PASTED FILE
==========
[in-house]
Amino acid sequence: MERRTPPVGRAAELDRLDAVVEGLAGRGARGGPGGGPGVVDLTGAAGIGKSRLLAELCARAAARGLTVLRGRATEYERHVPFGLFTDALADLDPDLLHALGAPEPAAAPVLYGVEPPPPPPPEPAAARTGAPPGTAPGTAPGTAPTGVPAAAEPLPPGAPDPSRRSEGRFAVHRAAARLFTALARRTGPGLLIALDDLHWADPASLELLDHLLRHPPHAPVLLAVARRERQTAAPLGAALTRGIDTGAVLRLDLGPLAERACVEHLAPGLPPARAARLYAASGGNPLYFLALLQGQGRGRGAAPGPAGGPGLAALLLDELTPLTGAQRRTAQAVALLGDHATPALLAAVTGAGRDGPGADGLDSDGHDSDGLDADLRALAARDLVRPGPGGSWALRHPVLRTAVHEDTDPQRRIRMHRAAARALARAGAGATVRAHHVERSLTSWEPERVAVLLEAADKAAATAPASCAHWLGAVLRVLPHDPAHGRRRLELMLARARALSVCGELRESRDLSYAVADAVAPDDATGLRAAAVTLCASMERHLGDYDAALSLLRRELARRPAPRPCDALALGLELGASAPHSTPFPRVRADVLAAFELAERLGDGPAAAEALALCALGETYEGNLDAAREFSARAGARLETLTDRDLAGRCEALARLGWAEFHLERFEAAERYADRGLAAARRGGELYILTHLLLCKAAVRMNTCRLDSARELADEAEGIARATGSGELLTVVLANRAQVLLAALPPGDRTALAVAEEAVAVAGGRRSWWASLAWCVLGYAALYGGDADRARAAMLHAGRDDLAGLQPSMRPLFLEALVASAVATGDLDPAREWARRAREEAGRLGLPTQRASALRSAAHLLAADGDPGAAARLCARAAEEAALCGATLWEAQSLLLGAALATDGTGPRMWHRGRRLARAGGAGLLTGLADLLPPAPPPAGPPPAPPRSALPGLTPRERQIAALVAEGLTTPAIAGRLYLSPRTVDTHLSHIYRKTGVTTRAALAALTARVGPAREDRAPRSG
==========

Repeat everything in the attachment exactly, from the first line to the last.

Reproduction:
[in-house]
Amino acid sequence: MERRTPPVGRAAELDRLDAVVEGLAGRGARGGPGGGPGVVDLTGAAGIGKSRLLAELCARAAARGLTVLRGRATEYERHVPFGLFTDALADLDPDLLHALGAPEPAAAPVLYGVEPPPPPPPEPAAARTGAPPGTAPGTAPGTAPTGVPAAAEPLPPGAPDPSRRSEGRFAVHRAAARLFTALARRTGPGLLIALDDLHWADPASLELLDHLLRHPPHAPVLLAVARRERQTAAPLGAALTRGIDTGAVLRLDLGPLAERACVEHLAPGLPPARAARLYAASGGNPLYFLALLQGQGRGRGAAPGPAGGPGLAALLLDELTPLTGAQRRTAQAVALLGDHATPALLAAVTGAGRDGPGADGLDSDGHDSDGLDADLRALAARDLVRPGPGGSWALRHPVLRTAVHEDTDPQRRIRMHRAAARALARAGAGATVRAHHVERSLTSWEPERVAVLLEAADKAAATAPASCAHWLGAVLRVLPHDPAHGRRRLELMLARARALSVCGELRESRDLSYAVADAVAPDDATGLRAAAVTLCASMERHLGDYDAALSLLRRELARRPAPRPCDALALGLELGASAPHSTPFPRVRADVLAAFELAERLGDGPAAAEALALCALGETYEGNLDAAREFSARAGARLETLTDRDLAGRCEALARLGWAEFHLERFEAAERYADRGLAAARRGGELYILTHLLLCKAAVRMNTCRLDSARELADEAEGIARATGSGELLTVVLANRAQVLLAALPPGDRTALAVAEEAVAVAGGRRSWWASLAWCVLGYAALYGGDADRARAAMLHAGRDDLAGLQPSMRPLFLEALVASAVATGDLDPAREWARRAREEAGRLGLPTQRASALRSAAHLLAADGDPGAAARLCARAAEEAALCGATLWEAQSLLLGAALATDGTGPRMWHRGRRLARAGGAGLLTGLADLLPPAPPPAGPPPAPPRSALPGLTPRERQIAALVAEGLTTPAIAGRLYLSPRTVDTHLSHIYRKTGVTTRAALAALTARVGPAREDRAPRSG